How to avoid cascading failures in distributed systems
- Cascading failures in distributed systems typically involve a feedback loop where an event causes a reduction in capacity, an increase in latency, or a spike in errors which then becomes a vicious cycle due to the responses of other parts of the system. You need to design your system thoughtfully to avoid them.
- Set a limit on incoming requests for each instance of your service, along with load shedding at the load balancer, so that the client receives a fast failure and retry, or an error message early on.
- Moderate client requests to limit dangerous retry behaviours: impose an exponentially increasing backoff between retries and add a little jitter, making the number of retries and wait times application-specific. User-facing applications should degrade or fail fast, batch or asynchronous processing can take longer. Also, use a circuit breaker design to track failures and successes so that a sequence of failed calls to an external service trips the breaker.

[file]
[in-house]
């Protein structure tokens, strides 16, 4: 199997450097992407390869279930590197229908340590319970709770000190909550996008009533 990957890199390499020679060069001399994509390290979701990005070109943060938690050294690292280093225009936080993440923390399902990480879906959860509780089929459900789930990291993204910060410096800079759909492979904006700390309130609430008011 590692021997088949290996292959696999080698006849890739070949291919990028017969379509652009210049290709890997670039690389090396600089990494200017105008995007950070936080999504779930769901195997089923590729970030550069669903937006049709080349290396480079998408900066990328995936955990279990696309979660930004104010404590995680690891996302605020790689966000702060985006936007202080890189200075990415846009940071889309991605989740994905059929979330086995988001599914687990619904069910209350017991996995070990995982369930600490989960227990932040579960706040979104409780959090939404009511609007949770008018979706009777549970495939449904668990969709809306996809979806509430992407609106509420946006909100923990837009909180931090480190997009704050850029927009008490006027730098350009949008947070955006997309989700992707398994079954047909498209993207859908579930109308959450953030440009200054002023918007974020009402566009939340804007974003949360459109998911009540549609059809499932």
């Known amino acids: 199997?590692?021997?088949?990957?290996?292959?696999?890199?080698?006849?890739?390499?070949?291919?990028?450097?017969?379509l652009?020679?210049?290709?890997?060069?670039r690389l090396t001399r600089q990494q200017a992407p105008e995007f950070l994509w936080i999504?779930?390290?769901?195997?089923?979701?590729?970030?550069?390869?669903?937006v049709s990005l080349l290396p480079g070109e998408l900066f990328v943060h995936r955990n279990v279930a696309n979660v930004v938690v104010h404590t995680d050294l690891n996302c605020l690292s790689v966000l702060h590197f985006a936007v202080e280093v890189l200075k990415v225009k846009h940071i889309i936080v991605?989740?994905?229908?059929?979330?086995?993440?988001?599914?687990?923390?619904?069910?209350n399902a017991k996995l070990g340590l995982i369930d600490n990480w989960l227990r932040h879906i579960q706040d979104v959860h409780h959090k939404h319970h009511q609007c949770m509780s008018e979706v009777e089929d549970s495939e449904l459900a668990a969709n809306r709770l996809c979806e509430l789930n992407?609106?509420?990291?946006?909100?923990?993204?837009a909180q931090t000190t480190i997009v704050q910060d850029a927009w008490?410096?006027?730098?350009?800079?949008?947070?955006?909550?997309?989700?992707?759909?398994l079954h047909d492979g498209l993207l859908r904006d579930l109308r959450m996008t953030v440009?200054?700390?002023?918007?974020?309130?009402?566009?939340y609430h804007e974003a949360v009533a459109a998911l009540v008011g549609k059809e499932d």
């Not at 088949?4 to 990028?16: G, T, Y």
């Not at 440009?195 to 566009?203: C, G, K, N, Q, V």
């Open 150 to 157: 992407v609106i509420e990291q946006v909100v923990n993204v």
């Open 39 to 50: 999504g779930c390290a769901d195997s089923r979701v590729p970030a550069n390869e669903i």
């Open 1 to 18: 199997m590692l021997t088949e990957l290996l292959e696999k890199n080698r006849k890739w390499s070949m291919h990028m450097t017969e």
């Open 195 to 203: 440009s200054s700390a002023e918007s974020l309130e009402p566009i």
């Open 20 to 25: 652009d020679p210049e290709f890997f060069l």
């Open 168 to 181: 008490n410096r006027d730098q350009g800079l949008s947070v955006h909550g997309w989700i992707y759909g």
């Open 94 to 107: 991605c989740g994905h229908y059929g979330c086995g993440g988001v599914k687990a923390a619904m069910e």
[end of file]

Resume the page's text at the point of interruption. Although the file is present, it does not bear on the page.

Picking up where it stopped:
- Ensure bad input does not become a query of death, crashing the service: write your program to quit only if the internal state seems incorrect. Use fuzz testing to help detect programs that crash from malformed input.
- Avoid making failover plans based on proximity where a failure of a data center or zone pushes the load into the next closest resource, which will then likely cause a domino effect since this second one is likely to be as busy. Balance the load geographically instead, pushing the load to data centers with the most available capability.
- Reduce, limit or delay work that your server does in response to a failure, such as data replication, with a token bucket algorithm and wait a while to see if the system can recover.
- Reduce startup times from reading or caching a lot of data, to begin with; it makes autoscaling difficult and you may not detect the problem by the time you start up, and recovery will equally take longer if you need to restart.
Full post here, 14 mins read